By Wynter Rice, OD
As a practicing optometrist, I tell people to never neglect their eyes, but include it as part of their annual health exams. Our goal is to always help individuals and families maintain their healthiest possible vision. Here are a few questions I often get from patients and others:
How often should I get my eyes checked?
Generally, adults between the ages of 18-60 should have their eyes examined every 1-2 years. If there are risk factors present such as high blood pressure, diabetes, high refractive error and a family history of ocular diseases should receive a yearly, comprehensive eye exam, including a dilation. A dilation allows the doctor to view the full retina, or back of the eye. Routine eye exams allow for early detection of diseases and can detect conditions before vision is threatened.
How often should my child get their eyes checked?
The American Optometric Association (AOA) recommends a comprehensive eye exam every 1-2 years, depending on a person’s age and certain risk factors.
For example, children should receive an eye exam at 6 months, 3 years of age, and before they start school. It is estimated that over 80% of what a child learns is processed visually. Once your children reach school age, annual eye exams are just as important as pediatrician visits. An eye exam can detect eye turns (strabismus) or lazy eye (amblyopia). It can also correct refractive error (blurred vision) with glasses or contact lenses, and help ensure success for your child.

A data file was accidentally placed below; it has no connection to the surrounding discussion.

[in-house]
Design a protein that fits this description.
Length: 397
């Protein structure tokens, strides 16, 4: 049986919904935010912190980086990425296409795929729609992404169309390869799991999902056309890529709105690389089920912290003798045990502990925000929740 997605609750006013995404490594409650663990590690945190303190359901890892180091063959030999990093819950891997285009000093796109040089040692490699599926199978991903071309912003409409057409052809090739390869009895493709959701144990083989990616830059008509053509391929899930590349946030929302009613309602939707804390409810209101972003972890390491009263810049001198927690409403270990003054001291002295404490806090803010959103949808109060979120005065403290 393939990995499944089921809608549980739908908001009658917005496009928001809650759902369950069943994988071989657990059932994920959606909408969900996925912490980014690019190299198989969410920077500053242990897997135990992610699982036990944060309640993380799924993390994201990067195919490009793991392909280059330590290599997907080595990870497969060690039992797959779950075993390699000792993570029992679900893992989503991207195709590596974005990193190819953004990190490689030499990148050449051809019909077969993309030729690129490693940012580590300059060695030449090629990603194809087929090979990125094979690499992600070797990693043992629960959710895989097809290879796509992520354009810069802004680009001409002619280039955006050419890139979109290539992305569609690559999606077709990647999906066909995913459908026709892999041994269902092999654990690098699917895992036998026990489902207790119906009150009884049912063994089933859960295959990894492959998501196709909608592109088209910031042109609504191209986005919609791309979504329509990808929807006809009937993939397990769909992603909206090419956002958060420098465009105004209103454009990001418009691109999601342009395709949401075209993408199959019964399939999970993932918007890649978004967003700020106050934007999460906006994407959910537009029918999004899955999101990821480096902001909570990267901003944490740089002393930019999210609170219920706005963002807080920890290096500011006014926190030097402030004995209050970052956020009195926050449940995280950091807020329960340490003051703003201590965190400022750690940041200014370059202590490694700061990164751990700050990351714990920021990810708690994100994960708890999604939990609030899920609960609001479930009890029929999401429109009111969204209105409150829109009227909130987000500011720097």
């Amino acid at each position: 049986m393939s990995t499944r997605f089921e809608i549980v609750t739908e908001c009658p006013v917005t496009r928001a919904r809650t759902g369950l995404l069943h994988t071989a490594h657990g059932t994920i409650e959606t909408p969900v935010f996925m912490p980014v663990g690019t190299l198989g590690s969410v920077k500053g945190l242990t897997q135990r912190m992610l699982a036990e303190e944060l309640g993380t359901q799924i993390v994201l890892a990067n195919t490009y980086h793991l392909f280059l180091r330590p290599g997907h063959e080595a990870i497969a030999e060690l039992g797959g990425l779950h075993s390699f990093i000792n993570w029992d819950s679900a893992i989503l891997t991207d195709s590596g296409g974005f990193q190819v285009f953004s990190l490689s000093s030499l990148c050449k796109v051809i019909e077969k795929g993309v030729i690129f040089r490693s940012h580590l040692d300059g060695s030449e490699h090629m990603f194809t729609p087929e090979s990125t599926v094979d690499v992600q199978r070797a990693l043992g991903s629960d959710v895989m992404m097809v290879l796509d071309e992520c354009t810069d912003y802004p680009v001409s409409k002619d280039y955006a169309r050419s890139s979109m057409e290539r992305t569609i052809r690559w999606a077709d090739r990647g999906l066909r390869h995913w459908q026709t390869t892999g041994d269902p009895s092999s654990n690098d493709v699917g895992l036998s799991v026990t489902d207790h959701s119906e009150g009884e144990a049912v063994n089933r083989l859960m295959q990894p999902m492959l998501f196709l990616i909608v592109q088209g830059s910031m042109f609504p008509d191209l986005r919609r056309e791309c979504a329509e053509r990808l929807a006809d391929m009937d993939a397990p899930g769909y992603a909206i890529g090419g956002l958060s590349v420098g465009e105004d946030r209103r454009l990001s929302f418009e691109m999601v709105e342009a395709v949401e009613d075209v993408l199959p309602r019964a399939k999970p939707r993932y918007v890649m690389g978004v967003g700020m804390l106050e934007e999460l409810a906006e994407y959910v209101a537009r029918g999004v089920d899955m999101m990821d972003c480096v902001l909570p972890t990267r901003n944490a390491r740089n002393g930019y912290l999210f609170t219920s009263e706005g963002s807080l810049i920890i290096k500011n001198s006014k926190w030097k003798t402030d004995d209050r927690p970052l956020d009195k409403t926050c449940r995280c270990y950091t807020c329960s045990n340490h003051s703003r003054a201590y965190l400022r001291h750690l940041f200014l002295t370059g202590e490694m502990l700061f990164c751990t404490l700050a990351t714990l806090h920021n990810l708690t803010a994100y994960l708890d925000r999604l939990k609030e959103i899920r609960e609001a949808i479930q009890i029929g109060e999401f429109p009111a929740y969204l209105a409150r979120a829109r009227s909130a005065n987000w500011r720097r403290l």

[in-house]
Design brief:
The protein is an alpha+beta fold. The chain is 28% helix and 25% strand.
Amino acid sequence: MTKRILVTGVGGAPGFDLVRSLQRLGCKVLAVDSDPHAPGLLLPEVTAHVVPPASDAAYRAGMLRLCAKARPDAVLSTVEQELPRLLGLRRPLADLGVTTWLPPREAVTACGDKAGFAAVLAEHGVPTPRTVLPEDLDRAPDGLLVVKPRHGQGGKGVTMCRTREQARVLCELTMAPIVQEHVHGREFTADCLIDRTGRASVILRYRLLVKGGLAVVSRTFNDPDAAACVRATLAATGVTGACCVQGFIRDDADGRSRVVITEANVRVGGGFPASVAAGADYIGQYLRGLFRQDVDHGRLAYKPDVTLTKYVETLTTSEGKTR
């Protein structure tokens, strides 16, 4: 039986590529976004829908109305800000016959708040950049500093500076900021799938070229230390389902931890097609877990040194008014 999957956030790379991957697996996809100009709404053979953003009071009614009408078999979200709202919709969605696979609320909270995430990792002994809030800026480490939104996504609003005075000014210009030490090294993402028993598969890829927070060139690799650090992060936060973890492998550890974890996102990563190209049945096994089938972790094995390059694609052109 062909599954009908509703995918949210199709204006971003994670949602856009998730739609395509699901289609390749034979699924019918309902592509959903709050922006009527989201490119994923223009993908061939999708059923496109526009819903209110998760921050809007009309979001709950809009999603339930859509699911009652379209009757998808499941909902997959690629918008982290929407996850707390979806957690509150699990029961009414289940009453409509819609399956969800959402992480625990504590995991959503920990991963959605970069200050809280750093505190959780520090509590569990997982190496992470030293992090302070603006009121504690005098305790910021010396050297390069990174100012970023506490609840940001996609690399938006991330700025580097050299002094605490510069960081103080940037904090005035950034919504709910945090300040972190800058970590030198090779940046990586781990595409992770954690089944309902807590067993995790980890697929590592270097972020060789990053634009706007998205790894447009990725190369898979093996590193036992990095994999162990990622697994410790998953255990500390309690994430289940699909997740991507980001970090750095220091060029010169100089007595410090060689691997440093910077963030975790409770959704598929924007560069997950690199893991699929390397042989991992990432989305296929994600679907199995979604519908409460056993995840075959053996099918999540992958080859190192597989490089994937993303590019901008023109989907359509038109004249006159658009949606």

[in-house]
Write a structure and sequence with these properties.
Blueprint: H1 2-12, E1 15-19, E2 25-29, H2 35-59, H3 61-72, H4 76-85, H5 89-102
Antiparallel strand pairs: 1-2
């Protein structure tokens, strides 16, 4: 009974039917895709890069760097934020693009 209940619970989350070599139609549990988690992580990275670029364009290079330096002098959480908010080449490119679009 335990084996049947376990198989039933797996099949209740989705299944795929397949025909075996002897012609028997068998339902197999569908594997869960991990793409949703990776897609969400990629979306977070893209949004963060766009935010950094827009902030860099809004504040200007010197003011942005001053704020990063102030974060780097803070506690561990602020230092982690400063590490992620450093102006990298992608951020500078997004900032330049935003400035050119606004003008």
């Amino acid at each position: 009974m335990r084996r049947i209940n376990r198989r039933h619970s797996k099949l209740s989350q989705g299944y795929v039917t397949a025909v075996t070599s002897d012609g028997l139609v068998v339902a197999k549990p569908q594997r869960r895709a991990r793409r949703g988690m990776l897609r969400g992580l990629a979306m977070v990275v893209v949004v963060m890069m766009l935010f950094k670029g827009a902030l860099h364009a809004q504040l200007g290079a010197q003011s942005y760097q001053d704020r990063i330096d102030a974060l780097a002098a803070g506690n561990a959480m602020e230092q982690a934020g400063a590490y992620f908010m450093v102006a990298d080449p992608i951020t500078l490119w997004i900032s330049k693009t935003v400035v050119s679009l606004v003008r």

Does my child need an eye exam even if they are not complaining or squinting?
Yes, an eye exam can detect if the eye is developing properly, as well as check for strabismus (eye turn) and amblyopia (lazy eye). A screening conducted at a pediatrician’s office or performed by a school nurse does not take the place of a comprehensive eye exam. Routine exams will help ensure your child has the best chance of being successful.
What does an eye exam even check for?
Routine eye exams can help solve common conditions such as nearsightedness, farsightedness, dry eye or eye fatigue (eye strain). Also, common medical diseases such as high blood pressure and diabetes can affect your vision. Having yearly eye exams allow the eye doctor to collaborate with your primary care physician to monitor these diseases, as well as ocular conditions like glaucoma and cataracts.
Should I get an exam from an optometrist or an ophthalmologist?
An eye exam can be performed by an optometrist or ophthalmologist.
What is the difference between the two?
An optometrist, Doctor of Optometry (OD), is specifically trained on the overall health of the eyes. Some optometrists who complete additional training specialize in low vision, contact lenses, pediatrics or ocular diseases such glaucoma and cataracts.
An ophthalmologist is a medical doctor who specializes in treating disorders and diseases of the eye. Their training includes every aspect of eye care.
“I strongly recommend that everyone make eye exams a part of annual health screenings for themselves and their families.” •
About Dr. Rice
Dr. Wynter Rice holds a BS in Biology and a Doctorate of Optometry.
She is an optometrist at the vision care center in Wal-Mart located in Lee’s Summit, MO.
Dr. Rice sees patients of all ages.